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Most valuable masters degree for civil engineer?


zas07001

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I just started working for a construction company doing estimates and I'm trying to decide what masters degree to get. I've been told by my coworkers that construction management or an MBA would be most valuable but I'm not sure I really want to stay in construction. I'm considering structural (to go into design), or a dual MBA civil degree. Anyone have any sense of where the most money is/ job market will be going for young civil engineers?

Any advice or opinions are appreciated!

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  • 3 months later...
  • 2 weeks later...

I am going to address this another way. Before you go to Grad School, I would figure out what you want the Graduate degree to do for you. Why are you getting a graduate degree? That is a question that you really need to answer. What do you hope to do after you get it? There is nothing wrong with getting a graduate degree, however in today's world, I would want to figure out WHY you went and got the degree and how you were going to use it before you spent the time, effort and money going for it.

Assuming that you have done all of this and came up with an answer satisfactory to you--after all, it is only YOU that you have to satisfy, then go to the best school that you can get into. IN the MBA business, only about the top 10 schools are really worth value. Yes, you will learn from all of the others and YES, you will get some value, however, the top 10 schools give you the real value.

Think long and hard how this investment is going to pay return on investment-- that would be my position on graduate school today.

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Engineers are generally surprised when they graduate, at the amount of paperwork / meetings / phone calls they do. Go the MBA route and you'll take your non-engineering work to a higher level. Not that there is anything wrong with that, if it's what you want to do.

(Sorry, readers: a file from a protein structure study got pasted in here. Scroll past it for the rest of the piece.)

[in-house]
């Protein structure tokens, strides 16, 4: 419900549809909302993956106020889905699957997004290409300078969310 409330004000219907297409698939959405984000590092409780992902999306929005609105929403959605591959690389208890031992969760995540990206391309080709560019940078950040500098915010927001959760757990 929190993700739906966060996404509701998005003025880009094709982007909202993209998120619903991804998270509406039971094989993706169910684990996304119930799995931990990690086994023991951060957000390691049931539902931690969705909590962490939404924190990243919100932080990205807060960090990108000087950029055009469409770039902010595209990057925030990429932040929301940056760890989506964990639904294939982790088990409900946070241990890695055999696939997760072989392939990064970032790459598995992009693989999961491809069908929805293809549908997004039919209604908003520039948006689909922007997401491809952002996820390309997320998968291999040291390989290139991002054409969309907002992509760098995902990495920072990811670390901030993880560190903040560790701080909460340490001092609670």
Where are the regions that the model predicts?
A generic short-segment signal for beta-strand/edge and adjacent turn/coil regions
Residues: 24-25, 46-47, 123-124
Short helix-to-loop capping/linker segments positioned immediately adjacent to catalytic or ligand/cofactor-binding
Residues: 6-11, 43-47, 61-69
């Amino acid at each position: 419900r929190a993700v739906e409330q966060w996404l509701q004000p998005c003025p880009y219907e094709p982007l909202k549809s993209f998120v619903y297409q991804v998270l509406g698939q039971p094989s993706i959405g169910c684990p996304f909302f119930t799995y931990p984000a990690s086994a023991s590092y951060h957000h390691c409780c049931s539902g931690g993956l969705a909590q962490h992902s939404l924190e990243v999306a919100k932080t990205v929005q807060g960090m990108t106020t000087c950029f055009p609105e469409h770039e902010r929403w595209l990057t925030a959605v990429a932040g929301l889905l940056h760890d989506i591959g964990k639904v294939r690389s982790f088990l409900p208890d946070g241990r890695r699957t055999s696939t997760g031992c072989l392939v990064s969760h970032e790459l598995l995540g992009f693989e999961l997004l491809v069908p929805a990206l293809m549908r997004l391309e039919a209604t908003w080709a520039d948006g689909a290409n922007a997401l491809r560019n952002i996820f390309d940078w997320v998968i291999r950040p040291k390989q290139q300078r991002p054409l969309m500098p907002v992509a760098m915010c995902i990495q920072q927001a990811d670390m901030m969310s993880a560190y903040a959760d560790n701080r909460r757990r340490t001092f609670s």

I am about 3/4 of the way through a construction management grad program. We are required to do a "specialty" outside our program of at least 9 credits. I am nearly a decade into working for the government, so I am doing a specialty of 12 credits in public administration and policy. Other guys in CM commonly do their specialties in business, supply chain, engineering, labor relations or education (if they plan to teach). Some then go ahead and get a second masters in their specialty. For example, I could get an MPA with 21 more credits. But I doubt that I will.

In my experience, most ads for upper management engineers in the public sector say "advanced degree" but don't specify a particular grad degree. So I'm not sure the PE/CM/MPA combo would be much better than just the PE/CM.

Also, take a look at number of credits. Minimum for grad programs is about 30 credits but some (especially MBA) can be 50+ credits.

Additionally, you might not meet the entrance requirements. Some of the MBA programs that I looked into, would have required me to take about a dozen undergrad credits in business before starting the MBA. Part of the reason I went the CM route was that I did not have to take any of those "collateral courses."

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